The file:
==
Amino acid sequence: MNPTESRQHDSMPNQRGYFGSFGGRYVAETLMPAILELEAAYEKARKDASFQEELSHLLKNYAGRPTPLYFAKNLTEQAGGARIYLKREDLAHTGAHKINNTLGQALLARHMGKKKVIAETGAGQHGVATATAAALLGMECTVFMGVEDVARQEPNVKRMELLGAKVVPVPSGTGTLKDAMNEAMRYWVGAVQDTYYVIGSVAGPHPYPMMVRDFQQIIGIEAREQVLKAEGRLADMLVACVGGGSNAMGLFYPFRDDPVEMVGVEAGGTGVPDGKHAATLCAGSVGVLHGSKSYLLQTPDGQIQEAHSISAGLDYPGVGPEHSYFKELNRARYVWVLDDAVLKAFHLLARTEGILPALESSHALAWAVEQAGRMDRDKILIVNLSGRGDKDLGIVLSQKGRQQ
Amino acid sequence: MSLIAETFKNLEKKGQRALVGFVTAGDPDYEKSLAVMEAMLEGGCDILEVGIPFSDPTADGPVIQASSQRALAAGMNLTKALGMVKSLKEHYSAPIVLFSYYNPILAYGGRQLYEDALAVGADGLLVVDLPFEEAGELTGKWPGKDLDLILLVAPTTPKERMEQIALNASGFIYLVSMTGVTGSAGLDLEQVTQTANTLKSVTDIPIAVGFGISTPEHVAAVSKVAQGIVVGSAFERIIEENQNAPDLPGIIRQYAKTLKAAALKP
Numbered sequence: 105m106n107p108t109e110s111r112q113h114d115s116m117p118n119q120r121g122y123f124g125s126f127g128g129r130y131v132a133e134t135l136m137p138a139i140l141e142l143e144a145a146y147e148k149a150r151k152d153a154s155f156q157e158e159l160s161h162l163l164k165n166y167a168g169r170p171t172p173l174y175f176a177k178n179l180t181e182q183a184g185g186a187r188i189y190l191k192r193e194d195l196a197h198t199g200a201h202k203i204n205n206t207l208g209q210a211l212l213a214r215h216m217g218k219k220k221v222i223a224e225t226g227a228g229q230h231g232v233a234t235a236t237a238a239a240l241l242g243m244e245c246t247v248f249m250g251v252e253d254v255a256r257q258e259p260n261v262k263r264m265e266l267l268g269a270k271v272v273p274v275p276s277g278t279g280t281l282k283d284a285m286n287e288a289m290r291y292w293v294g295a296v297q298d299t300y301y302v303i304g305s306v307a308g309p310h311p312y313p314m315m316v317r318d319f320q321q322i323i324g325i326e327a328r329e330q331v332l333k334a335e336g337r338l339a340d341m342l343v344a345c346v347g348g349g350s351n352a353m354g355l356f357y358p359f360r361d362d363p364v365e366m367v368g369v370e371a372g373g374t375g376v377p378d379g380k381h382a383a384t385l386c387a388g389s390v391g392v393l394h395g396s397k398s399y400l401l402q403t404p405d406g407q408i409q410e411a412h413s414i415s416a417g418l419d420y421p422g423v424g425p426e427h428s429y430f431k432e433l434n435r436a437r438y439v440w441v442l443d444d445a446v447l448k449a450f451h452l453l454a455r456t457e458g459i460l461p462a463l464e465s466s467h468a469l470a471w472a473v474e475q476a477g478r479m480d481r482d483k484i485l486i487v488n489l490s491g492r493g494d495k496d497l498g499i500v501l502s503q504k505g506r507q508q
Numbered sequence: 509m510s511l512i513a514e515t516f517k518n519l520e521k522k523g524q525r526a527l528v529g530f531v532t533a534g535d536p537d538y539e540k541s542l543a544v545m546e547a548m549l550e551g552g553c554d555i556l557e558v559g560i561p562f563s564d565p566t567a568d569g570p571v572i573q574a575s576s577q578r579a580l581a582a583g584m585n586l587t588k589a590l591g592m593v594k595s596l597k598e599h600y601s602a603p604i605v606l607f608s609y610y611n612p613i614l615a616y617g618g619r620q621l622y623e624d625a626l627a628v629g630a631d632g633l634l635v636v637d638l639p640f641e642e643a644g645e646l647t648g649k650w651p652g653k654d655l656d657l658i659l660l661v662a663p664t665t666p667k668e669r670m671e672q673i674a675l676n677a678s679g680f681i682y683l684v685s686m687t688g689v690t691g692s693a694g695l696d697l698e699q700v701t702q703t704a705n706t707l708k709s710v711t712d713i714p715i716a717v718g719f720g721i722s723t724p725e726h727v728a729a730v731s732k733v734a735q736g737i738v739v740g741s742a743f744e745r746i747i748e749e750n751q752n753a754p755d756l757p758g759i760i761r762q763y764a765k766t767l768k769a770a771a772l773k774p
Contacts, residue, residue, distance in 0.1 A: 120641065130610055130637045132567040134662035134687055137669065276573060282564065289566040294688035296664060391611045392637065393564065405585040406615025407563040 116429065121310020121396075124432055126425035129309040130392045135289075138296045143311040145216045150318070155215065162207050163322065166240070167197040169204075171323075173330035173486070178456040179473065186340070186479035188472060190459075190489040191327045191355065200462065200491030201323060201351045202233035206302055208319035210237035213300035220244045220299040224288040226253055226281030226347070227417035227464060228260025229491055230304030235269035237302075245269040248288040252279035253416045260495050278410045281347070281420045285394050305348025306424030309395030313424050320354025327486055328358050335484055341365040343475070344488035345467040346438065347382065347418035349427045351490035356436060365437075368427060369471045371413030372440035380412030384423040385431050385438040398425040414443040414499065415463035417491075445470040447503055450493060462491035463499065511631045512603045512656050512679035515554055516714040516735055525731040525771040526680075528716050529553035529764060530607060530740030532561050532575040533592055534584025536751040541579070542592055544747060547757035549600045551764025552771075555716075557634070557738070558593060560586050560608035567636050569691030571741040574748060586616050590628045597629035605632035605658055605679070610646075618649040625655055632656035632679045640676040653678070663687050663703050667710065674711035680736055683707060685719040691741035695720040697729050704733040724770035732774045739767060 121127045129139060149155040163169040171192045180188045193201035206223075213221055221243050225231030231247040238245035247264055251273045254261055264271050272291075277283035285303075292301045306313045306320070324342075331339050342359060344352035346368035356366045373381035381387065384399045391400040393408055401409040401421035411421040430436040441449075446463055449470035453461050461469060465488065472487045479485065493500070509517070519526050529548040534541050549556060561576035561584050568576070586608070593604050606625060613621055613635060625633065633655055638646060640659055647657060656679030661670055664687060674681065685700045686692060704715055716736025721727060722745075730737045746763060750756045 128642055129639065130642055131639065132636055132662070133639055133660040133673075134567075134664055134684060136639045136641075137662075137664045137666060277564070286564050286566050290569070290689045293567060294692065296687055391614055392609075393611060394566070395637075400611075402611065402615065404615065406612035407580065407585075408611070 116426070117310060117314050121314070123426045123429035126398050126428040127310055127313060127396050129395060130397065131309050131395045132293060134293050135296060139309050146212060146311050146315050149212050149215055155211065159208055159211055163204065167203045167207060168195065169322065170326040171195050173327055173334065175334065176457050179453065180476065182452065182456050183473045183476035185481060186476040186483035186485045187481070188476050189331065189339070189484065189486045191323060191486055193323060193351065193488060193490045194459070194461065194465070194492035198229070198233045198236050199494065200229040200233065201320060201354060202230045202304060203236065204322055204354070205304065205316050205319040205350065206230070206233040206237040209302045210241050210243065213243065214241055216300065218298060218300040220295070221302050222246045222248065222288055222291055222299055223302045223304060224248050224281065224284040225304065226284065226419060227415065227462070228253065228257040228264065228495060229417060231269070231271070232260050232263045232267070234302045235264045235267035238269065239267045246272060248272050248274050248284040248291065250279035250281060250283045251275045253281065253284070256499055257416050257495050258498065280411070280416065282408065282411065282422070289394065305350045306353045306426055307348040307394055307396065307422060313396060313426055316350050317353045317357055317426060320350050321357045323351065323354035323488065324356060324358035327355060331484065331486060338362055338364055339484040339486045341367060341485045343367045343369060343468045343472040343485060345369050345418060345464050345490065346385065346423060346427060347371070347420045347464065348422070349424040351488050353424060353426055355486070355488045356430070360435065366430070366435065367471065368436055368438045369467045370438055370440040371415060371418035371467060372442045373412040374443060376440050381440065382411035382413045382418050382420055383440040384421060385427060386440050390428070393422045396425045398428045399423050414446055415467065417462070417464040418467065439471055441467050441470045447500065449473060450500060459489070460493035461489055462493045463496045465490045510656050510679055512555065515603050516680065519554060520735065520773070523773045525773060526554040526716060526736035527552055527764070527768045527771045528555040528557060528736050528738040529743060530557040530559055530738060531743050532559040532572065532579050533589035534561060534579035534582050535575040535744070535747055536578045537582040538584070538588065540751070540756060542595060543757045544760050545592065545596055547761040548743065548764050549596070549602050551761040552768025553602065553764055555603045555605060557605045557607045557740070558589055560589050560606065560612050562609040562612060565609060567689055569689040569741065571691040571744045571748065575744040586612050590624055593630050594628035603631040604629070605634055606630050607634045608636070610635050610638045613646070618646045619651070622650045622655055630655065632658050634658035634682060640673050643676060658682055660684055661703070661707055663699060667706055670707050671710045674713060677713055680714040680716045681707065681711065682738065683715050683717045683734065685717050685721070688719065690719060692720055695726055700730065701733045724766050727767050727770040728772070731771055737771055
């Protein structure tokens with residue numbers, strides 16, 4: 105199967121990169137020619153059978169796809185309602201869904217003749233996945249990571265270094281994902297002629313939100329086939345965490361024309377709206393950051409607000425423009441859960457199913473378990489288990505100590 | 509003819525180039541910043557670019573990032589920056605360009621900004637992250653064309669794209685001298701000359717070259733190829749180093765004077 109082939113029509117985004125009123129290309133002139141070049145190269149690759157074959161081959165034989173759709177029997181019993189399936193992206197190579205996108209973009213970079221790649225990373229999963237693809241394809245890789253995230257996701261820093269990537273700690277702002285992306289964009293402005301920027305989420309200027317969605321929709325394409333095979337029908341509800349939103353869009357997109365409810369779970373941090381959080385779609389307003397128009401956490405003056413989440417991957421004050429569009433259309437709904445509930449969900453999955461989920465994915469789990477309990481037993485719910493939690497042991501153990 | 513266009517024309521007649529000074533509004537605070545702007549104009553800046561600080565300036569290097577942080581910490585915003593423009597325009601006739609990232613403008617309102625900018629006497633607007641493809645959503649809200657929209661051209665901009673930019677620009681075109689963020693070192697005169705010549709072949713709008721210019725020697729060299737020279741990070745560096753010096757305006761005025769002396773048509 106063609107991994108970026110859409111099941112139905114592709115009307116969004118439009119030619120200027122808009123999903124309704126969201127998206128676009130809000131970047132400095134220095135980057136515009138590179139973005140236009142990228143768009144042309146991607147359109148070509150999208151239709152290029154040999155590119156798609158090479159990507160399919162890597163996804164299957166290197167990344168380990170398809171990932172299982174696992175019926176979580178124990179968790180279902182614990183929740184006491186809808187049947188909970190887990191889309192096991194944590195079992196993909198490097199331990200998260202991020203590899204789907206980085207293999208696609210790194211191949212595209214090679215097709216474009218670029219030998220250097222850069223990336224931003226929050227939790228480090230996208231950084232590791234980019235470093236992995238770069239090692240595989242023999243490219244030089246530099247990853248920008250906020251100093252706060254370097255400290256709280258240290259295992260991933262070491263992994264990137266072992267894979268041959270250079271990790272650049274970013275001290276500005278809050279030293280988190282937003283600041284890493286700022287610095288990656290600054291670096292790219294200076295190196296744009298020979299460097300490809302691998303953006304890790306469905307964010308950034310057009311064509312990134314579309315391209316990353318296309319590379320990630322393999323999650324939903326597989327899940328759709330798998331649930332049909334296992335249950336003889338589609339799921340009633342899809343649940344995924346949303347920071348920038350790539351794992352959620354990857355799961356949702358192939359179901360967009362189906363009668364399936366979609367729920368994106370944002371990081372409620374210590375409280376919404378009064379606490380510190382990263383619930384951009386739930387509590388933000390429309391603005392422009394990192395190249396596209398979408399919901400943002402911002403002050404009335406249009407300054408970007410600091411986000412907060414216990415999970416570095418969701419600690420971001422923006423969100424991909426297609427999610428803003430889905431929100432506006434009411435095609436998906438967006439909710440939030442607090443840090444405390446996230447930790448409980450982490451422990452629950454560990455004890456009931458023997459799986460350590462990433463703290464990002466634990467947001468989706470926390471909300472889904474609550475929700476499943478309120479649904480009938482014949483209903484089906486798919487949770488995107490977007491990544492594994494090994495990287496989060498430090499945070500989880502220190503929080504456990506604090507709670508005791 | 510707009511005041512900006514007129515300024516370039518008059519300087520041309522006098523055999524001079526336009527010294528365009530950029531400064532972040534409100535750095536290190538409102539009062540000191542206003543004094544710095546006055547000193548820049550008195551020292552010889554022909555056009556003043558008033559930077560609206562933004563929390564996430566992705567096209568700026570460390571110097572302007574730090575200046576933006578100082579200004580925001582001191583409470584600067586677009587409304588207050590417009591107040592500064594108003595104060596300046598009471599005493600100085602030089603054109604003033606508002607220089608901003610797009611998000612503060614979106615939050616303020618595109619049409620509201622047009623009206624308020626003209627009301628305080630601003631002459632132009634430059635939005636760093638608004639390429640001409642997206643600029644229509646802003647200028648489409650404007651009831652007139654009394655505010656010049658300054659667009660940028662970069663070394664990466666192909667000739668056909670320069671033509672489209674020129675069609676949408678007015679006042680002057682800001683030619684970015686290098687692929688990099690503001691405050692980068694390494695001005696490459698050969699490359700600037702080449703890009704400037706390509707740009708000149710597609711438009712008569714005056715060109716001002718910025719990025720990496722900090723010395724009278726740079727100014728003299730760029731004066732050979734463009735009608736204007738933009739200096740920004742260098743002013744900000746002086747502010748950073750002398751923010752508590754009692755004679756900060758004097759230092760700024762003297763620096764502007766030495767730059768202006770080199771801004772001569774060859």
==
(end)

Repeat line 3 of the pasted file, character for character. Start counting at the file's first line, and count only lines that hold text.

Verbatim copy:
Numbered sequence: 105m106n107p108t109e110s111r112q113h114d115s116m117p118n119q120r121g122y123f124g125s126f127g128g129r130y131v132a133e134t135l136m137p138a139i140l141e142l143e144a145a146y147e148k149a150r151k152d153a154s155f156q157e158e159l160s161h162l163l164k165n166y167a168g169r170p171t172p173l174y175f176a177k178n179l180t181e182q183a184g185g186a187r188i189y190l191k192r193e194d195l196a197h198t199g200a201h202k203i204n205n206t207l208g209q210a211l212l213a214r215h216m217g218k219k220k221v222i223a224e225t226g227a228g229q230h231g232v233a234t235a236t237a238a239a240l241l242g243m244e245c246t247v248f249m250g251v252e253d254v255a256r257q258e259p260n261v262k263r264m265e266l267l268g269a270k271v272v273p274v275p276s277g278t279g280t281l282k283d284a285m286n287e288a289m290r291y292w293v294g295a296v297q298d299t300y301y302v303i304g305s306v307a308g309p310h311p312y313p314m315m316v317r318d319f320q321q322i323i324g325i326e327a328r329e330q331v332l333k334a335e336g337r338l339a340d341m342l343v344a345c346v347g348g349g350s351n352a353m354g355l356f357y358p359f360r361d362d363p364v365e366m367v368g369v370e371a372g373g374t375g376v377p378d379g380k381h382a383a384t385l386c387a388g389s390v391g392v393l394h395g396s397k398s399y400l401l402q403t404p405d406g407q408i409q410e411a412h413s414i415s416a417g418l419d420y421p422g423v424g425p426e427h428s429y430f431k432e433l434n435r436a437r438y439v440w441v442l443d444d445a446v447l448k449a450f451h452l453l454a455r456t457e458g459i460l461p462a463l464e465s466s467h468a469l470a471w472a473v474e475q476a477g478r479m480d481r482d483k484i485l486i487v488n489l490s491g492r493g494d495k496d497l498g499i500v501l502s503q504k505g506r507q508q